Going round to schools and festivals is tremendously exciting, because you never know what you're going to find.

Mostly people are friendly, though quite often a bit bonkers...

Hints (from experience!)

Although I am a writer, I still sometimes need to go to the loo.

I can't actually drink my cup of tea and talk at the same time. (Gottle o' Geer!)

It might help with preparation to find out whether the visiting author is a novelist or a poet. Or even read something he/she has written.

It's very difficult to interest an audience if the inviting teacher/librarian/chairman makes it very clear he or she thinks the visitor is rubbish. And, really, it might have been a good idea to invite someone else.

The best and most productive visits are always those where the children are familiar with some part of the visiting author's work.

In the Cheltenham Festival Green Room, the tea urns contain cold water.The hot water for tea is in the insulated jugs.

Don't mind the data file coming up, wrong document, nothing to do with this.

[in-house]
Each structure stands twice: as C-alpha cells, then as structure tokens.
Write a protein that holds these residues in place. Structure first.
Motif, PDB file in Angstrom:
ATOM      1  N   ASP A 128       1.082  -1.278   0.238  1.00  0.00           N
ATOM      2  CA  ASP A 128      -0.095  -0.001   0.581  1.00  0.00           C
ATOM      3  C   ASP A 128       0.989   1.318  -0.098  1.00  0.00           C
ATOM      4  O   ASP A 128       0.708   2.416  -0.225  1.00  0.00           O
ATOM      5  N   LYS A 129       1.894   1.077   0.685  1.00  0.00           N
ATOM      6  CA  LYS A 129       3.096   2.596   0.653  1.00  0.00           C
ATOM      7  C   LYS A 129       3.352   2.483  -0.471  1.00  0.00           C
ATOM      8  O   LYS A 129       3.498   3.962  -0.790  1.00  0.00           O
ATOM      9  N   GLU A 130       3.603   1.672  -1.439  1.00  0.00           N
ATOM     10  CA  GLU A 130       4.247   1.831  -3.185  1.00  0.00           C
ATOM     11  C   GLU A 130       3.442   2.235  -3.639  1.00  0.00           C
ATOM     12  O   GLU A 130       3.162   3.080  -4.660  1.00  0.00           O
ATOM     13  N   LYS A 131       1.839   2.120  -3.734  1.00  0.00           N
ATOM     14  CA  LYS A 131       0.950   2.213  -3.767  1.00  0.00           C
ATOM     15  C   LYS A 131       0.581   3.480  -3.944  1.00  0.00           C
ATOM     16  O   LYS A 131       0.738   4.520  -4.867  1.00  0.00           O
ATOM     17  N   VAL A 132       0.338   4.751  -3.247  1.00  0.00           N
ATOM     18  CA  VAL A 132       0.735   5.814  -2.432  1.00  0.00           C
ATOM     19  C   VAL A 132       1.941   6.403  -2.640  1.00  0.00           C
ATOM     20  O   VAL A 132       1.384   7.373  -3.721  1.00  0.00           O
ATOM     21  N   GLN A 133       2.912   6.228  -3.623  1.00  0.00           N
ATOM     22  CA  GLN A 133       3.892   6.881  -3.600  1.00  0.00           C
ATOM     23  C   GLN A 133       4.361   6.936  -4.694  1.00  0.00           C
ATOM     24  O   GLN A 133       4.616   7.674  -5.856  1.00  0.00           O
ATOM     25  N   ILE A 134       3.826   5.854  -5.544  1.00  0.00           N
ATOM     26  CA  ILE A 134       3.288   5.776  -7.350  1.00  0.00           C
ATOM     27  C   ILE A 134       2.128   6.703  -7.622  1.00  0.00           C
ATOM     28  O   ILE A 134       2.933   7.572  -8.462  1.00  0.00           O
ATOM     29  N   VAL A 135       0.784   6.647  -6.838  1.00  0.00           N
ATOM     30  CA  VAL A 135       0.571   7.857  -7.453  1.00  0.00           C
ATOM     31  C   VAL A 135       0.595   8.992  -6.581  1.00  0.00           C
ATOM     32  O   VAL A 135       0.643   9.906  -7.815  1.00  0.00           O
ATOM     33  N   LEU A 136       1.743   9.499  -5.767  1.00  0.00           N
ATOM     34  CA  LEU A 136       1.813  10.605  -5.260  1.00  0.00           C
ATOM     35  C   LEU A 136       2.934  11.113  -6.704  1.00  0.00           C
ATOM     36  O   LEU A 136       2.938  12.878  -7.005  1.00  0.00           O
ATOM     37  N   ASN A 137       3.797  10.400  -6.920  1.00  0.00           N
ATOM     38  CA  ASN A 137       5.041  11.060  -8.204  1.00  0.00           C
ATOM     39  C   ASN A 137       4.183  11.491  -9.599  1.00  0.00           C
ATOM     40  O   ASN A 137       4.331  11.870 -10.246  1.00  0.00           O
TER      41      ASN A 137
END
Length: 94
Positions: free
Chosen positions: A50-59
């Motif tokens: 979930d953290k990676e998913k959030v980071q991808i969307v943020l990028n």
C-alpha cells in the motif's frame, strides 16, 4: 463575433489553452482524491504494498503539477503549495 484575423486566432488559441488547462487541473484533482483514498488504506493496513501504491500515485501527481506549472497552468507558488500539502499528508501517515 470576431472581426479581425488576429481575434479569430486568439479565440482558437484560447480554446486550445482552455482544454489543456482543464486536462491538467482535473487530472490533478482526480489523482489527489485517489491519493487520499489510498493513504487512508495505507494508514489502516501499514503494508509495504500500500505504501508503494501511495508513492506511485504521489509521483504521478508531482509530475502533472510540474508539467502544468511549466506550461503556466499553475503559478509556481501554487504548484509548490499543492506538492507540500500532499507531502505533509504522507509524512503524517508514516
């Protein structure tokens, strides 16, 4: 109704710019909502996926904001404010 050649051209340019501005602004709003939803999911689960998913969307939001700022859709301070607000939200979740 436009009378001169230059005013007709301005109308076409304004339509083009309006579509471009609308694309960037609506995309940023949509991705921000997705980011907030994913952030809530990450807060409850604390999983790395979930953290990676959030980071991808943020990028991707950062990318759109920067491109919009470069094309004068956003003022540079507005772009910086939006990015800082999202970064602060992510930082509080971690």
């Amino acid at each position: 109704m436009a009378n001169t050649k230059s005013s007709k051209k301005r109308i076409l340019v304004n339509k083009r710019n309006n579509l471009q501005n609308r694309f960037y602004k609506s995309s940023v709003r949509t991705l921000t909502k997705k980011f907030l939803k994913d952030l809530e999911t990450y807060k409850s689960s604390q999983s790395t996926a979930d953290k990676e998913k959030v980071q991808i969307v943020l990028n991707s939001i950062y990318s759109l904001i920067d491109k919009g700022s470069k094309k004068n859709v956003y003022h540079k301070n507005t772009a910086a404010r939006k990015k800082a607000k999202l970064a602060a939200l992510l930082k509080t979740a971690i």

An author talk is best not sited next door to the Brass Band Concert, the basketball court, or the Very Angry Teacher.

You can't get more than fifty people in a room ten feet square unless you have worked out some scheme for staggered breathing.

It's always worth checking that the children aren't all going to be on a field trip to the Isle of Wight.

Keep an eye on your author at all times. They are extremely nosy and are always getting lost.

Writers are quite pathetically grateful for any sign of friendship.

You are almost certainly going to have to offer an author a cup of tea. Work out beforehand who is going to pay for the tea-bag, as a stand-up row during the visit is embarrassing for all parties.

Indicate clearly the staff-room chair in which your author should sit. Finding a huge and knobbly member of staff standing in front of one's chair and gloweringly tearing an exercise book to pieces with his teeth is disconcerting.

Teachers are all wise, good and omniscient, obviously, but however unlikely it is that a visiting author will have anything to say that is not long known to their pedagogic genius, it's easiest if they follow the example invariably set by pupils and refrain from chatting, sleeping and playing computer games for the duration of the session.

Enjoy the visit!

If you would like Sally to visit your school, library or event, please write to her here

Welcome Blog Biography Books Journal Visits Questions Loves Hates Links and Contact